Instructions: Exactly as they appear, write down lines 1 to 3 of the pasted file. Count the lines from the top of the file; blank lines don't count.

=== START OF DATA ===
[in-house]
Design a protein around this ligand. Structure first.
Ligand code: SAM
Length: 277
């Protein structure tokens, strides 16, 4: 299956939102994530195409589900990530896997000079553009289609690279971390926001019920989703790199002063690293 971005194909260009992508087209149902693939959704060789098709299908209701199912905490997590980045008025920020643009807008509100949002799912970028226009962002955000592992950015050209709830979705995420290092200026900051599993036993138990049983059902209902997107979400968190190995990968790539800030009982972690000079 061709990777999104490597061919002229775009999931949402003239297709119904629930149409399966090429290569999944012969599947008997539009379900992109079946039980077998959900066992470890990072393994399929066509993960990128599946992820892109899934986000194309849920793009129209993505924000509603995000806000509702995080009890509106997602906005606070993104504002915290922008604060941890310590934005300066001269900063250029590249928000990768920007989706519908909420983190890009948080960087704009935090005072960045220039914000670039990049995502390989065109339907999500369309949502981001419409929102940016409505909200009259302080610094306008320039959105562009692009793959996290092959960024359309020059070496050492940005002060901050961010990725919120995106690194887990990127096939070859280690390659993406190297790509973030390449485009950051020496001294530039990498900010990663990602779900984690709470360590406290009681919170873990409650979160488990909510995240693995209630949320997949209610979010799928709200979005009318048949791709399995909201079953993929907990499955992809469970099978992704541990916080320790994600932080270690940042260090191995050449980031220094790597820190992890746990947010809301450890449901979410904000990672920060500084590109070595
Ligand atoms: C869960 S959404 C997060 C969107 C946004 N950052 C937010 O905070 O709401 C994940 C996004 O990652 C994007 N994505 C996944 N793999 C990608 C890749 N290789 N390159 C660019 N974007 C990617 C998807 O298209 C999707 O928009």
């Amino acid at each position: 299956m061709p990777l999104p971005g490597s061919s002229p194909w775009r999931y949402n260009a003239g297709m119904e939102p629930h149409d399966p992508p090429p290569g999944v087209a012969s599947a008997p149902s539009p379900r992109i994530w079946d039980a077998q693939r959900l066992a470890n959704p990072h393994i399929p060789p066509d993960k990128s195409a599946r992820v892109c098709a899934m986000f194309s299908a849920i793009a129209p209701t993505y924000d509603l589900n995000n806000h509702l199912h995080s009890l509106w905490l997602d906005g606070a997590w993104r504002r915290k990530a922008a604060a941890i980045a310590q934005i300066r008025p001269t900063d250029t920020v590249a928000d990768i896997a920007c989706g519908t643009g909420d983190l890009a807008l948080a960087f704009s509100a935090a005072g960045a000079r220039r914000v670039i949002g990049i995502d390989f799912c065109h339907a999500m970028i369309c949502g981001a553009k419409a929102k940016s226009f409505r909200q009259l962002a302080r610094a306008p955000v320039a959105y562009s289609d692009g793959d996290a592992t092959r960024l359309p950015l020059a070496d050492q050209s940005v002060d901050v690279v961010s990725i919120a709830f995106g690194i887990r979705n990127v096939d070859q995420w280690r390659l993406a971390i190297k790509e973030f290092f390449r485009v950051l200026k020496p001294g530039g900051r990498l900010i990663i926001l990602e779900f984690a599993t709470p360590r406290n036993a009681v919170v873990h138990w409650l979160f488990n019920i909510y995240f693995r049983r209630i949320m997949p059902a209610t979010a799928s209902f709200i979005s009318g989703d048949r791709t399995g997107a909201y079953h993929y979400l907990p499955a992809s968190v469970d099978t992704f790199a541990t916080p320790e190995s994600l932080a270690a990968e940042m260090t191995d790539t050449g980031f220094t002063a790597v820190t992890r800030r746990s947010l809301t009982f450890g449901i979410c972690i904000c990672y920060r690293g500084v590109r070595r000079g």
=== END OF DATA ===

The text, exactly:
[in-house]
Design a protein around this ligand. Structure first.
Ligand code: SAM